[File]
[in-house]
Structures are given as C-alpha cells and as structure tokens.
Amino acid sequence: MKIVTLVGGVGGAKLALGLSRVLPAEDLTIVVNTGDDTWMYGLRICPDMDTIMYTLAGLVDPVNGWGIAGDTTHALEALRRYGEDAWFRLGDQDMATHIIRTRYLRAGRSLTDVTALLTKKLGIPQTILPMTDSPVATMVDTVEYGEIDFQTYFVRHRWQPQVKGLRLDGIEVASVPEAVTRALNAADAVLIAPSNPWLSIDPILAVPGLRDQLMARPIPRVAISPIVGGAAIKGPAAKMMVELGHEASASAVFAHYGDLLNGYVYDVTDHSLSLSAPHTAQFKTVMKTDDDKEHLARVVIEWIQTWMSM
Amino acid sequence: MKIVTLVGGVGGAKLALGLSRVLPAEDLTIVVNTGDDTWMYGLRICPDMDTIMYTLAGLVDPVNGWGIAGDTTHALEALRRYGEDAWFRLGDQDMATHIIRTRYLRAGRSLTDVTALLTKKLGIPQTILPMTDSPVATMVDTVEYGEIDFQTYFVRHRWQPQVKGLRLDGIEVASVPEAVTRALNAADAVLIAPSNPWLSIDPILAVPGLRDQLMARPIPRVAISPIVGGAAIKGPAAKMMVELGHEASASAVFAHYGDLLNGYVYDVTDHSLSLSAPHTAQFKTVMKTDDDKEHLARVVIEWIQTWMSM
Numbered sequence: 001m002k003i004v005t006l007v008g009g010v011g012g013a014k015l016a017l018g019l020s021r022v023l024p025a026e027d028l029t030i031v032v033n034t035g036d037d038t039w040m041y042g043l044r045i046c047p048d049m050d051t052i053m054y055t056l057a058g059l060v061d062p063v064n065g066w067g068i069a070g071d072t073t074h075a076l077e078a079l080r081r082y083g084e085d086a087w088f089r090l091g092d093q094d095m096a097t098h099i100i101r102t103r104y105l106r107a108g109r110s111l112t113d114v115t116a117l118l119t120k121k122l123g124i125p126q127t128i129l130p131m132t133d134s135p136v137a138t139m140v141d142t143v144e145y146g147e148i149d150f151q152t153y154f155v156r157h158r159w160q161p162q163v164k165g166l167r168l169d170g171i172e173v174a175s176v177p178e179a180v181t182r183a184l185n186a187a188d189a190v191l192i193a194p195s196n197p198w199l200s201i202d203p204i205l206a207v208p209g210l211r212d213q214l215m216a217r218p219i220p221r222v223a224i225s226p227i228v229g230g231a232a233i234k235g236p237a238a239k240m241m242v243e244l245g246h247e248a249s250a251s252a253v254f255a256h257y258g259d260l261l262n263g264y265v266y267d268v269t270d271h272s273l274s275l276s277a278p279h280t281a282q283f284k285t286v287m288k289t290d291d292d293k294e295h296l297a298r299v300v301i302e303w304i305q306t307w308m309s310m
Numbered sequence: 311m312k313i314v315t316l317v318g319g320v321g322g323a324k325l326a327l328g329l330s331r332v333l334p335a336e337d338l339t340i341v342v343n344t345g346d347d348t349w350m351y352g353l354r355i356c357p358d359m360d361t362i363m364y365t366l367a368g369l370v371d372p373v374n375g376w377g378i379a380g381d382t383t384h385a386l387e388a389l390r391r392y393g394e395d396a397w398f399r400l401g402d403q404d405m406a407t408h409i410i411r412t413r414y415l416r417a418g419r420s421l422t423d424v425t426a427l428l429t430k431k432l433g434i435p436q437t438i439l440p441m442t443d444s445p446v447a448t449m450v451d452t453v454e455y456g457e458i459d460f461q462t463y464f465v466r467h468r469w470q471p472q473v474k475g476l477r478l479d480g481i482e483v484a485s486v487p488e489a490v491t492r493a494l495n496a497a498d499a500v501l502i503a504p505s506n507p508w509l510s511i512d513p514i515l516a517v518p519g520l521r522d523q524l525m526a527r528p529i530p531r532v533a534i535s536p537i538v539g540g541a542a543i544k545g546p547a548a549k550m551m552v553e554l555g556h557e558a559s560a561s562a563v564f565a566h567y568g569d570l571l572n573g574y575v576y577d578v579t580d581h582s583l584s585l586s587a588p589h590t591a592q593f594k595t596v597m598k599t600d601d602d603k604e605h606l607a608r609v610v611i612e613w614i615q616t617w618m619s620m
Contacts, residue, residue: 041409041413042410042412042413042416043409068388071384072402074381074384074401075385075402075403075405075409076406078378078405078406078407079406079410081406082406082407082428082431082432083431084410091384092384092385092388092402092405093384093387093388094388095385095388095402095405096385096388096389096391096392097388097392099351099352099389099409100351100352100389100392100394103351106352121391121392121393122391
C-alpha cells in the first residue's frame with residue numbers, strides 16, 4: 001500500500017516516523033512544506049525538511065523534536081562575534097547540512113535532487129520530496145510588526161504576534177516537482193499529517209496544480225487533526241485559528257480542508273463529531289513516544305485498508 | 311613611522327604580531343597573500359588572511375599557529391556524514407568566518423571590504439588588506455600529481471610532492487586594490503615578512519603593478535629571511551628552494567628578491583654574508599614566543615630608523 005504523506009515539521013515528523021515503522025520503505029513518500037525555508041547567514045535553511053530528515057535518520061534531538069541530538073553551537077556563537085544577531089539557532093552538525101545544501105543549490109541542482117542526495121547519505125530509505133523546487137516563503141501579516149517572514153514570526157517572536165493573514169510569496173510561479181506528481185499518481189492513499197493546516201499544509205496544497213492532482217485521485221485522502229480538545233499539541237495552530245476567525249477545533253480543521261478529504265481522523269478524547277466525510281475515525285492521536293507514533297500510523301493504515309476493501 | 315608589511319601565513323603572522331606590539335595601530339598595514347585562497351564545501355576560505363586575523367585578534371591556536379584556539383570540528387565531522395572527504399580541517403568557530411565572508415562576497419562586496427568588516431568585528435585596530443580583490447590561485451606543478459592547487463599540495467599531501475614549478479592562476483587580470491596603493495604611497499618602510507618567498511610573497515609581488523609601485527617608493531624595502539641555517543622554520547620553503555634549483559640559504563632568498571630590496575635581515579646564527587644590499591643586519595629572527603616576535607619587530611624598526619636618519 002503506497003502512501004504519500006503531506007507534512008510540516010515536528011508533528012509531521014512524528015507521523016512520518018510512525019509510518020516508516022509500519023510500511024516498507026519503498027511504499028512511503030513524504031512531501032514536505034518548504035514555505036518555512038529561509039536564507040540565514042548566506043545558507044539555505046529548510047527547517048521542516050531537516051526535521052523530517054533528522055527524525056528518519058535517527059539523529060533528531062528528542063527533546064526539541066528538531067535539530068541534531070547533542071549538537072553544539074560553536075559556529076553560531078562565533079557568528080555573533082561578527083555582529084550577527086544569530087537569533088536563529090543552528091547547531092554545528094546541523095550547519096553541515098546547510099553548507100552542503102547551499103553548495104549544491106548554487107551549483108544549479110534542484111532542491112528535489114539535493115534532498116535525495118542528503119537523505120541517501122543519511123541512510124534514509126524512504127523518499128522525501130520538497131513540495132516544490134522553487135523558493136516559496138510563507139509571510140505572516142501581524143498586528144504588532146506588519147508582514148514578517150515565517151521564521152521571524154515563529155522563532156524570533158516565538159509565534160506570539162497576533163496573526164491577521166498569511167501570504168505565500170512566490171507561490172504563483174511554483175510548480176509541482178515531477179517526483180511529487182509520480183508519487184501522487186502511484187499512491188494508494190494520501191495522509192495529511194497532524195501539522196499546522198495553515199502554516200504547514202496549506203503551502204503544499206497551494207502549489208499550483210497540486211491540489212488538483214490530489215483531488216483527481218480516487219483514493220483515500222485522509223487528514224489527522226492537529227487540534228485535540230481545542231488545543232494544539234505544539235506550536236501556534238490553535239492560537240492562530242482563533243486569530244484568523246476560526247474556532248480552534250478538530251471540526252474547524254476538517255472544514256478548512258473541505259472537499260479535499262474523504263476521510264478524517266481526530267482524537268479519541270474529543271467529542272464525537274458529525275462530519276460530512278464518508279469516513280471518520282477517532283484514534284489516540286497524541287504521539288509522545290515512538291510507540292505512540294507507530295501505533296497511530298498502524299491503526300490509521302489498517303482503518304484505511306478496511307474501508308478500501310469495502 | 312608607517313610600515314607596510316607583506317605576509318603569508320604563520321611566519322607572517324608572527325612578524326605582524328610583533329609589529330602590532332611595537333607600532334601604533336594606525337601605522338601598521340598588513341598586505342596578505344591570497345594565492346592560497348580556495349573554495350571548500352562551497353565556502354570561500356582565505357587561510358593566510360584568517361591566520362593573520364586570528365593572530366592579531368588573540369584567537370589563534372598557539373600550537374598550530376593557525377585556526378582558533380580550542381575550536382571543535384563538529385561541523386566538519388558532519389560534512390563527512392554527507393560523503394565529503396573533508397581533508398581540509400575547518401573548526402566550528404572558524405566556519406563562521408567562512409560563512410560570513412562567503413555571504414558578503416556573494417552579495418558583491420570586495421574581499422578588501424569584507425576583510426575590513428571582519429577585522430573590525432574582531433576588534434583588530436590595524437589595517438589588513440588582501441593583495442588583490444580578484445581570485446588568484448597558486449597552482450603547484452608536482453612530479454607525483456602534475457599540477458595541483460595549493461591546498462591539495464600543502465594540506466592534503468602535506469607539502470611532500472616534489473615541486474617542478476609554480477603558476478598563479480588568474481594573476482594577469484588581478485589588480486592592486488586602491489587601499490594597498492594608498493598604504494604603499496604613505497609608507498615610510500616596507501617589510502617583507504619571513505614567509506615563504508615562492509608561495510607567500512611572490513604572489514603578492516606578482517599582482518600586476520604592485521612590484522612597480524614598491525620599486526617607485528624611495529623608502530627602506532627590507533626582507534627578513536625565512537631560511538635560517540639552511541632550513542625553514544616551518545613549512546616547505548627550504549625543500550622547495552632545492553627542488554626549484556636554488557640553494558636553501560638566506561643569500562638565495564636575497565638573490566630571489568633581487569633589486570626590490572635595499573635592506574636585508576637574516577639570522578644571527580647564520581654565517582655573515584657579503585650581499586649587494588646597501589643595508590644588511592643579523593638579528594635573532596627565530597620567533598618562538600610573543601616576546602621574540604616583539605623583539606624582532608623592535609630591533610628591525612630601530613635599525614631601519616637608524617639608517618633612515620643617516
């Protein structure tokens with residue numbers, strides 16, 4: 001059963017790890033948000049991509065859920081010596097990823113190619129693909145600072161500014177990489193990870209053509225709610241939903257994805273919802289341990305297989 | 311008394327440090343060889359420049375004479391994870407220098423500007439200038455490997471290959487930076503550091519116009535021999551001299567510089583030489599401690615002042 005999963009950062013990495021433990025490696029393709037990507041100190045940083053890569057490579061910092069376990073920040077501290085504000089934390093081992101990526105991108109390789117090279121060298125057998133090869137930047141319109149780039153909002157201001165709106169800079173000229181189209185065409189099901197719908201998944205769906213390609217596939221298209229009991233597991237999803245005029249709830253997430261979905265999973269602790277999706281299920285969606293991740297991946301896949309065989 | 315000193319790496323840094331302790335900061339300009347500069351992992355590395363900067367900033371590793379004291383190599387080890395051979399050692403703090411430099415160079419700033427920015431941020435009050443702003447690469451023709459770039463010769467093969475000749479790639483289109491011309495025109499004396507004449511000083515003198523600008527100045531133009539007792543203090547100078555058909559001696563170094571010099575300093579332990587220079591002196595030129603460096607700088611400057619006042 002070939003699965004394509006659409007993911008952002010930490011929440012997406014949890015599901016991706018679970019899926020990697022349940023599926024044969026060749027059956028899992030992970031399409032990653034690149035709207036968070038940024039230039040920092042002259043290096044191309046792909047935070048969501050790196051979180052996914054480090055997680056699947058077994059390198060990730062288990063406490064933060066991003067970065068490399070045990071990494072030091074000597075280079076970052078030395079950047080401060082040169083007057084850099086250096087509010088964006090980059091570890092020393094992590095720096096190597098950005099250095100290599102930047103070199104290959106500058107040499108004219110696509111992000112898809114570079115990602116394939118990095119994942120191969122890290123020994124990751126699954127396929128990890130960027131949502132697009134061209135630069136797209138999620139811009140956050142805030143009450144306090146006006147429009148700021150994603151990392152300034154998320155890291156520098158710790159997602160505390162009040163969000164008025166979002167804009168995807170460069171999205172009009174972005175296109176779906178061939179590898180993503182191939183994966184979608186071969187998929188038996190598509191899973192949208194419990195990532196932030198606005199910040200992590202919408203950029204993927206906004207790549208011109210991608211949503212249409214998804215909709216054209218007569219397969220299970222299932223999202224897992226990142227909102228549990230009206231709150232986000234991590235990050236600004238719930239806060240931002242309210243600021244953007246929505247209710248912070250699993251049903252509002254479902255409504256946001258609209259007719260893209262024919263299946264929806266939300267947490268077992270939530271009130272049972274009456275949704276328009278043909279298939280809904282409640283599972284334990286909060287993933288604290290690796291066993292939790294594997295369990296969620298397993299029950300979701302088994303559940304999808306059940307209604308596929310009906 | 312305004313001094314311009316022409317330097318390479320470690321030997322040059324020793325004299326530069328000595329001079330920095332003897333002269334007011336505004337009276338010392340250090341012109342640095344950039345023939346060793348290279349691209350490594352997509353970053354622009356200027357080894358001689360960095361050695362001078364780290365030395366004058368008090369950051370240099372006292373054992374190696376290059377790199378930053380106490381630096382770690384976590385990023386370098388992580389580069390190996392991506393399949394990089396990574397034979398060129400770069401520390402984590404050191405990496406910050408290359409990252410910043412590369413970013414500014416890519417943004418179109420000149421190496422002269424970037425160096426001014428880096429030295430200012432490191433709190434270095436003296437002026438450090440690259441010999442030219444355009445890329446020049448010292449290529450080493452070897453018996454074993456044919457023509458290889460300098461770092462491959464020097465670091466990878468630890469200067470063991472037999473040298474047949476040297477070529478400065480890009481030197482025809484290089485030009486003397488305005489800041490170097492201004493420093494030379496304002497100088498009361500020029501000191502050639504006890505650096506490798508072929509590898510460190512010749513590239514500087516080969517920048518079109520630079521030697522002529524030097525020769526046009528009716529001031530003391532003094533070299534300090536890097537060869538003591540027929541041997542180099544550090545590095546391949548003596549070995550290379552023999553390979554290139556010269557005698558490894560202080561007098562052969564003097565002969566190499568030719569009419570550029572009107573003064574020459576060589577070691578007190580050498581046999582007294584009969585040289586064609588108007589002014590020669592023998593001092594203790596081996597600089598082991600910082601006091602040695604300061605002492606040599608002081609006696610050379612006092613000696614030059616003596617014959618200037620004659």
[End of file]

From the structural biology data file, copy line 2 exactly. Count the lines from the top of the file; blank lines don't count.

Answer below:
Structures are given as C-alpha cells and as structure tokens.